, 31 tweets, 17 min read Read on Twitter
64% of teachers use "Teachers Pay Teachers" website.

What will I find if I search there, using "Native American" as the search term?
I entered the phrase and got this far:

"Native American"

The autofill gave me "Native Americans" (obvious) but the second one is "Native Americans totem pole."

Does that mean that queries about totem poles are popular on this site?
For now, I'll do the "Native Americans" search and see what teachers are sharing on that site. Having been on the site before, I'm not optimistic.
"Native American Unit - Native Americans and Regions - Native American Projects" by "Rockin Resources" has 2,646 ratings.

Next highest is "Little Social Studies Thinkers for K-1: Pilgrims and Native Americans" by Karen Jones. It has 1,094 ratings. (I'm cringing.)
The first page of items has 24 distinct items. Look at the images some of them use (I can only put 4 images; there's more than 4 that are like this):
You notice the Thanksgiving image in the previous tweet?

In fact, eight of the 24 items on the first page of Teachers Pay Teachers (@TpTdotcom) have Thanksgiving in the title or in the subject.

That is not ok, at all, but it is typical.
@TpTdotcom I opened the item with the highest number of ratings. There is a "Preview" option that lets me see sample readings, worksheets, etc.

Verbs are past tense.

Information is factually wrong.
@TpTdotcom For those who don't know, I am from Nambé, one of the pueblos.

One thing this unit at Teachers Pay Teachers tells kids: for water, pueblo people would go to tops of hills, make giant snowballs, and roll them down to the crops.
@TpTdotcom What the heck is the source for that idea?! Surely this teacher isn't making stuff up.

But just as surely, this teacher is not reading critically and is mis-educating kids.
@TpTdotcom Earlier in this thread I shared images from 4 of the lessons at Teachers Pay Teachers. I should have said more.

Those cartoonish images of "Native Americans" are stereotypes. Obviously, the teachers who created them don't realize they are stereotypes.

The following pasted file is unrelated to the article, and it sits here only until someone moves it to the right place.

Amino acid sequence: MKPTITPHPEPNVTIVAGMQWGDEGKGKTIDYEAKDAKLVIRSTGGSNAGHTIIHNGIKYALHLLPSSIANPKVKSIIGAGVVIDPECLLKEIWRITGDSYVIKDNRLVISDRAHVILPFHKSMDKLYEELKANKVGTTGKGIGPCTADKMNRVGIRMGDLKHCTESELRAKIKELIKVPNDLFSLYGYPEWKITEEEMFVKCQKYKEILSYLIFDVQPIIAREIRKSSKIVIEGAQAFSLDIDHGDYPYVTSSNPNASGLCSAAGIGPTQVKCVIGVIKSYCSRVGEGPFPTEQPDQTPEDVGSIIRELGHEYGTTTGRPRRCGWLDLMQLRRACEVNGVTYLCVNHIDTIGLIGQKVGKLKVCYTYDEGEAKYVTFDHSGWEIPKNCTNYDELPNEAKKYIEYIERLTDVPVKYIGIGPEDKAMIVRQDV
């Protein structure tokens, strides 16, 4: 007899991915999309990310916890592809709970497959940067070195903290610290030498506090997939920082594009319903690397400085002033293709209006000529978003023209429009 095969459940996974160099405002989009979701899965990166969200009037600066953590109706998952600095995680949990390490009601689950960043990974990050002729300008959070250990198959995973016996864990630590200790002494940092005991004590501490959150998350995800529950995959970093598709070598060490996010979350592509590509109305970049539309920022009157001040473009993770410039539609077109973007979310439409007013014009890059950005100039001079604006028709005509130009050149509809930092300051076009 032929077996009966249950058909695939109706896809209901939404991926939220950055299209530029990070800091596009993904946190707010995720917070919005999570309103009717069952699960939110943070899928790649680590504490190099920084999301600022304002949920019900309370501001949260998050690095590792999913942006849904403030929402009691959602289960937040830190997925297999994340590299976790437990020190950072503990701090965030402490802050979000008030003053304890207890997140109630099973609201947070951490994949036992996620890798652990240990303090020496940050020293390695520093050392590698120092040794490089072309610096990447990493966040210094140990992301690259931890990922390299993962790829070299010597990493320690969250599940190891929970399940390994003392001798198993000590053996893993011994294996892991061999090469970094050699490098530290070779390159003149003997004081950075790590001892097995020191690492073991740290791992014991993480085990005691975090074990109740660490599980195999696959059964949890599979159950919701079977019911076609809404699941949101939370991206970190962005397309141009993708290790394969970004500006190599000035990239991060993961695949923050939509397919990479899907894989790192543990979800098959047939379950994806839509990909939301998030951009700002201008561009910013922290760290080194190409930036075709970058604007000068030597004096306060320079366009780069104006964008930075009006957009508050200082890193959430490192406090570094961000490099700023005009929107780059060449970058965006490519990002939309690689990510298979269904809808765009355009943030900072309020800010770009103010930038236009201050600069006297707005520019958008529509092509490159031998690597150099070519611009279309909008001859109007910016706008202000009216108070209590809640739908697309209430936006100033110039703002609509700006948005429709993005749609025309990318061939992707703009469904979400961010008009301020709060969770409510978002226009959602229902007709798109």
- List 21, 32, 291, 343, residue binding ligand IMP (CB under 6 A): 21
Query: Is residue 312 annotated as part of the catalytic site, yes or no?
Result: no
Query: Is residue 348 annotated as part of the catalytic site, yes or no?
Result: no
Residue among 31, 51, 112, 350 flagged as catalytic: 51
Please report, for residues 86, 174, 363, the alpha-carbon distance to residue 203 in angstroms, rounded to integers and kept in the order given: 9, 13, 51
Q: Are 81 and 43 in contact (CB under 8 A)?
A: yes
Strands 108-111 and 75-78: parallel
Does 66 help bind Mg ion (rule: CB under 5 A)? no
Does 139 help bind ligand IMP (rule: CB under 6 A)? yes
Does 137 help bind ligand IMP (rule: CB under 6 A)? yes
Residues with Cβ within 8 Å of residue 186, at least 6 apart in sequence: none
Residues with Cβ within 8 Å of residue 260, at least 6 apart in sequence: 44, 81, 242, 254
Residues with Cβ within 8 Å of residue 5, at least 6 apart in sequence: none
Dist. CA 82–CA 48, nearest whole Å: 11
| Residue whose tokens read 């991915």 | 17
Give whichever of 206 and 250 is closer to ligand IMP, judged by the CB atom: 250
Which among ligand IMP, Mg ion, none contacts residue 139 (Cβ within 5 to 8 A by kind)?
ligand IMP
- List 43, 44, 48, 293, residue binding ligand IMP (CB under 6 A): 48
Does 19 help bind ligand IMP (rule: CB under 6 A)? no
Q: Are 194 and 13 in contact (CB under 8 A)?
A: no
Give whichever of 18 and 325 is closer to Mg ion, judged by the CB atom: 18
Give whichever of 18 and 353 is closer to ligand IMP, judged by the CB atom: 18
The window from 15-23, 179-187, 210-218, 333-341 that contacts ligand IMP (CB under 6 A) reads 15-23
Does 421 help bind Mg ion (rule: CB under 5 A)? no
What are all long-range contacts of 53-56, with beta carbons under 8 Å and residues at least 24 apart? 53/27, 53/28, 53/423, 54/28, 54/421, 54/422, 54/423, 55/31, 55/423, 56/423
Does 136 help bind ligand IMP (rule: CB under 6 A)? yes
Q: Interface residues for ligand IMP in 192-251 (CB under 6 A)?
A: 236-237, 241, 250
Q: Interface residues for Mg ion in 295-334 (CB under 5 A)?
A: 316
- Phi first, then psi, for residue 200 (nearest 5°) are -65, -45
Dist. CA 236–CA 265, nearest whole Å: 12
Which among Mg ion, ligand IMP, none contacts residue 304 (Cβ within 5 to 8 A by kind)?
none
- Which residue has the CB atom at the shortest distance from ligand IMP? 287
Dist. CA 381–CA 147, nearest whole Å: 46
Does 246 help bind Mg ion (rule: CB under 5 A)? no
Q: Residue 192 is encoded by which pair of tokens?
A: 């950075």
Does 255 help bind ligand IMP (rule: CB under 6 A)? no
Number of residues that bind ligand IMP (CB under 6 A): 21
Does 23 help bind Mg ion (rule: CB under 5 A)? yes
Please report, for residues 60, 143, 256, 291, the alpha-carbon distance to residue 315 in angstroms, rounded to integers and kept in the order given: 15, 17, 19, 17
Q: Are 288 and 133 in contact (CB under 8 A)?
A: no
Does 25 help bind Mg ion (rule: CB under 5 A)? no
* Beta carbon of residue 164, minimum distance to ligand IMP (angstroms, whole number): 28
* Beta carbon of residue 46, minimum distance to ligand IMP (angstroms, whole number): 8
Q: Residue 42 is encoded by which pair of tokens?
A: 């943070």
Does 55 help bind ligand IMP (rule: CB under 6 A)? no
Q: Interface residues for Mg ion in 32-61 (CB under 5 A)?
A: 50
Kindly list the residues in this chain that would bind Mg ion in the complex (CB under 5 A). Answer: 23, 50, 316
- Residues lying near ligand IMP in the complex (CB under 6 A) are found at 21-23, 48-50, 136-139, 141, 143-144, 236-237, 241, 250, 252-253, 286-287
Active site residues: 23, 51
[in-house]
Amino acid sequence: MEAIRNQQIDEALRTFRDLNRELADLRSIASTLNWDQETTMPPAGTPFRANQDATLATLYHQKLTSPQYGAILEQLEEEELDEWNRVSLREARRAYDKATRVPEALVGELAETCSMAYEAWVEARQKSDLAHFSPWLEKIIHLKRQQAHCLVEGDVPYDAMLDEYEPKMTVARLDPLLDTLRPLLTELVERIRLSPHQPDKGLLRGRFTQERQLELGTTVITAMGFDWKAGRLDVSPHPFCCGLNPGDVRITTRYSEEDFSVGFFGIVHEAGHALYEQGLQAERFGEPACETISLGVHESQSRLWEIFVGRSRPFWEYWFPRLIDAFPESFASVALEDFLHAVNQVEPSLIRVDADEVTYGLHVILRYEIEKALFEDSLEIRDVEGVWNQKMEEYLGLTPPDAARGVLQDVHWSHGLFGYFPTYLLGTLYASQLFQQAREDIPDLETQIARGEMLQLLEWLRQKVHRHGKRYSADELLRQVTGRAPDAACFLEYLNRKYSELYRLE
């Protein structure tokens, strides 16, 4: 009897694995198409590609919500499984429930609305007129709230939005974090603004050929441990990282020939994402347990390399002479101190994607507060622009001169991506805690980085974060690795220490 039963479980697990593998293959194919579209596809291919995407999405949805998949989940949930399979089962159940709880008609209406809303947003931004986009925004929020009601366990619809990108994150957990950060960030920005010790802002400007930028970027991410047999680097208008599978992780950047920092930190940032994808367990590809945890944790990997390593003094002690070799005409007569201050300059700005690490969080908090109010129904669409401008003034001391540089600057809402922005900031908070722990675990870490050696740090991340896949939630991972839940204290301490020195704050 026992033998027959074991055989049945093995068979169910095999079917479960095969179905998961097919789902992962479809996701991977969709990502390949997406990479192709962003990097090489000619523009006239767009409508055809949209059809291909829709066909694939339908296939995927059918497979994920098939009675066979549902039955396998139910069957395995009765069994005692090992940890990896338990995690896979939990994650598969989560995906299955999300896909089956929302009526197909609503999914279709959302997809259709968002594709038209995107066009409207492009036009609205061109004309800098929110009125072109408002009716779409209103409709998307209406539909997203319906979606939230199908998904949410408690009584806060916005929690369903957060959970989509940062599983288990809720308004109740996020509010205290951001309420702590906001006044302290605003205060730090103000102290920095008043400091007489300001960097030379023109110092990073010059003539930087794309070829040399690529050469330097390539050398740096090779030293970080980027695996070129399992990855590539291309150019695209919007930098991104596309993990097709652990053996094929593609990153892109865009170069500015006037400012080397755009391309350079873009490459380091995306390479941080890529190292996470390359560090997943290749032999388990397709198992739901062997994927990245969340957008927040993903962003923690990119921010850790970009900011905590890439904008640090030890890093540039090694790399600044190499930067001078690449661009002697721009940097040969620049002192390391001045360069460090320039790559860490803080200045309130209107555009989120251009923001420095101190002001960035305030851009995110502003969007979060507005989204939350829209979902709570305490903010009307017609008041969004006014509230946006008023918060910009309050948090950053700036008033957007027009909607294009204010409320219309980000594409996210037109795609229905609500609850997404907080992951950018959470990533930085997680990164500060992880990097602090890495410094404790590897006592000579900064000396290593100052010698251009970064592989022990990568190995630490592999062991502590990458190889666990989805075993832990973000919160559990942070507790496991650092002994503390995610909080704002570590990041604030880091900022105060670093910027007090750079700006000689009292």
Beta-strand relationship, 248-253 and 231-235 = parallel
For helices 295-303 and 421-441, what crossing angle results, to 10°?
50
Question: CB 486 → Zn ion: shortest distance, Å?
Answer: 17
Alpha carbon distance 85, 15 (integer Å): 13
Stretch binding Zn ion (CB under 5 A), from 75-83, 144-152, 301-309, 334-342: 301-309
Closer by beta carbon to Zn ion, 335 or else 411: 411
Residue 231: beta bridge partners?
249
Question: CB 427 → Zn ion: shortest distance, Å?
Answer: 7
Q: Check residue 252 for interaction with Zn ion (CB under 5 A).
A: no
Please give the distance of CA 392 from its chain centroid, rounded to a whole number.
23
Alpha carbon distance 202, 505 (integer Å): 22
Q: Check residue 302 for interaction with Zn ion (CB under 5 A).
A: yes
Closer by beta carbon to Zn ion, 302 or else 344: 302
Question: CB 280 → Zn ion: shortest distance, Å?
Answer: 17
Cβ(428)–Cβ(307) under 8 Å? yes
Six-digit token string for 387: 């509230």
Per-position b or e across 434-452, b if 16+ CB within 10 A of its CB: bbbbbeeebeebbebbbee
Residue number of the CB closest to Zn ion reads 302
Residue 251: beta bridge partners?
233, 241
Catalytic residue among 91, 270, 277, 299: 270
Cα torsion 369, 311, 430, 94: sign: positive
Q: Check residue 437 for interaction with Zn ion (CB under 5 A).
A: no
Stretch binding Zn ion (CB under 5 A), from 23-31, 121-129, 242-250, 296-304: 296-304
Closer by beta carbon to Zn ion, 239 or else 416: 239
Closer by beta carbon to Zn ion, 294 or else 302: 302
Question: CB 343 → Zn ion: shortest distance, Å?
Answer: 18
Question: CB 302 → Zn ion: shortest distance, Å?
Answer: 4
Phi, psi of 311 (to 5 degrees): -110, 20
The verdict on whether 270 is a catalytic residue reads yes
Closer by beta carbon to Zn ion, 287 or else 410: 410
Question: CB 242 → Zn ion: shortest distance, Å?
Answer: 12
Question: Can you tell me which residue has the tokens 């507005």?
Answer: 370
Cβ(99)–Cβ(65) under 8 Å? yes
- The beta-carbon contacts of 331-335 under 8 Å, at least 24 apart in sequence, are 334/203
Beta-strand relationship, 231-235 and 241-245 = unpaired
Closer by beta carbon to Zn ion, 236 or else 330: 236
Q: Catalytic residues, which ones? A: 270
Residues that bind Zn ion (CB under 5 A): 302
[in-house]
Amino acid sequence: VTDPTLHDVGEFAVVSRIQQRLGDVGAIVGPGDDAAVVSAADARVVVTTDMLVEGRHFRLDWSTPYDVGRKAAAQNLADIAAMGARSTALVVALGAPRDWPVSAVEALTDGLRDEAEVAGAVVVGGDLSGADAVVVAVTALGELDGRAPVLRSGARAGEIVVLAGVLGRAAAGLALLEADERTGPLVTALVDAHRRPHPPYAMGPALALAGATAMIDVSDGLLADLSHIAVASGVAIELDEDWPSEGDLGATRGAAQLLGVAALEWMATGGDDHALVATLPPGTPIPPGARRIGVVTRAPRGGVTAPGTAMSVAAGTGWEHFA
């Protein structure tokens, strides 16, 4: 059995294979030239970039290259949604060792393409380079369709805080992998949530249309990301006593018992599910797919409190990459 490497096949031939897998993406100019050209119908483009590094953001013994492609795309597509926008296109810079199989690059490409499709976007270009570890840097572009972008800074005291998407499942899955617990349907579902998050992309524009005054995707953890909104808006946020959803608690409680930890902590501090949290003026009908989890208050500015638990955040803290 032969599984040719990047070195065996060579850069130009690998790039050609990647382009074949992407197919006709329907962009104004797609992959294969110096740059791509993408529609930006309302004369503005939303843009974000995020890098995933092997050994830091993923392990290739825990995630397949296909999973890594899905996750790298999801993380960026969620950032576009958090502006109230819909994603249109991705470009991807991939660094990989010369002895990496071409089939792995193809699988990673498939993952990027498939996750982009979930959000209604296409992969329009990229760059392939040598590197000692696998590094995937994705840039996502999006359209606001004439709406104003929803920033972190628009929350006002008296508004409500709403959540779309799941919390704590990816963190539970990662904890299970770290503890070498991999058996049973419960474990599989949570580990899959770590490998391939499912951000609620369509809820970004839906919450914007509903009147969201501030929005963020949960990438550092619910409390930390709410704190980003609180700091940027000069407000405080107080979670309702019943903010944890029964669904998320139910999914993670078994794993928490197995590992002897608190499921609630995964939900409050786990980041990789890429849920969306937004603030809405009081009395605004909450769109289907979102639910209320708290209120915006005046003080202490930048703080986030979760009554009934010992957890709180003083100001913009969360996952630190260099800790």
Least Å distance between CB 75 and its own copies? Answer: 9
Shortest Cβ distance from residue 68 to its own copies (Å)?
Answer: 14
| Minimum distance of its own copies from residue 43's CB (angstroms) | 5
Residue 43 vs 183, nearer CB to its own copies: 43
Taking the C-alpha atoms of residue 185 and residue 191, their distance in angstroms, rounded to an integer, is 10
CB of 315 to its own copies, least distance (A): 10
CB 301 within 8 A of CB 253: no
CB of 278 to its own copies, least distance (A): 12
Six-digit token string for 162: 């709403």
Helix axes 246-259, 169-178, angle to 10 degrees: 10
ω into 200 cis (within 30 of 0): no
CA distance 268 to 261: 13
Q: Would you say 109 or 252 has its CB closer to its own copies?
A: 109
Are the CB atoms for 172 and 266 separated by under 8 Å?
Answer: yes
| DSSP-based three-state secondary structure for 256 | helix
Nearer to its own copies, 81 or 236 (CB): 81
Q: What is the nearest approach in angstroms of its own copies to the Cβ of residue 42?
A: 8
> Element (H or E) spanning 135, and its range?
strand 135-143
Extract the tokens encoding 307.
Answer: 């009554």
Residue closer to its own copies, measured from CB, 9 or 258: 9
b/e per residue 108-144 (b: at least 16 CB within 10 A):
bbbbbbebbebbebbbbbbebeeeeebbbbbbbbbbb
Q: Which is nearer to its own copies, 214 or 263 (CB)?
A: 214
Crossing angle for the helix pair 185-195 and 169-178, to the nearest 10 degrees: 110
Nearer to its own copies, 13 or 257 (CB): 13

@TpTdotcom The images, alone, are doing damage to kids when their teachers bring them into the classroom. I'm tagging the person who created that unit. @RockinResources, pls read up in this thread. Your "Native Americans" material is unacceptable.
@TpTdotcom @RockinResources I can't find a way to submit this feedback at Teachers Pay Teachers. Maybe comments are only allowed if the item is purchased.
@TpTdotcom @RockinResources The questions I and others who study depictions of Native ppl in kid/YA lit apply to teacher-made or commercially produced materials for use in the classroom.
@TpTdotcom @RockinResources I started studying image/story in the 1990s while in grad school. In the 2000s, I worked with colleagues to create the criteria the American Indian Library Association uses to select bks for its Youth Literature awards.

ailanet.org/app/uploads/20…
@TpTdotcom @RockinResources I tagged the person (Rockin Resources) who made the problematic item I looked at; they have asked me to write directly to them. As was the case with the educelebrity in another thread, I won't take public conversations into a private space.
@TpTdotcom @RockinResources Errors in materials should be publicly acknowledged so that others can see the error, the acknowledgement of that error, and the corrections, too.
@TpTdotcom @RockinResources Resources for correction are available. The American Indian Library Association criteria that I linked to above is one example of a resource that Rockin Resources and others can use to evaluate/create/revise materials abt Native ppls.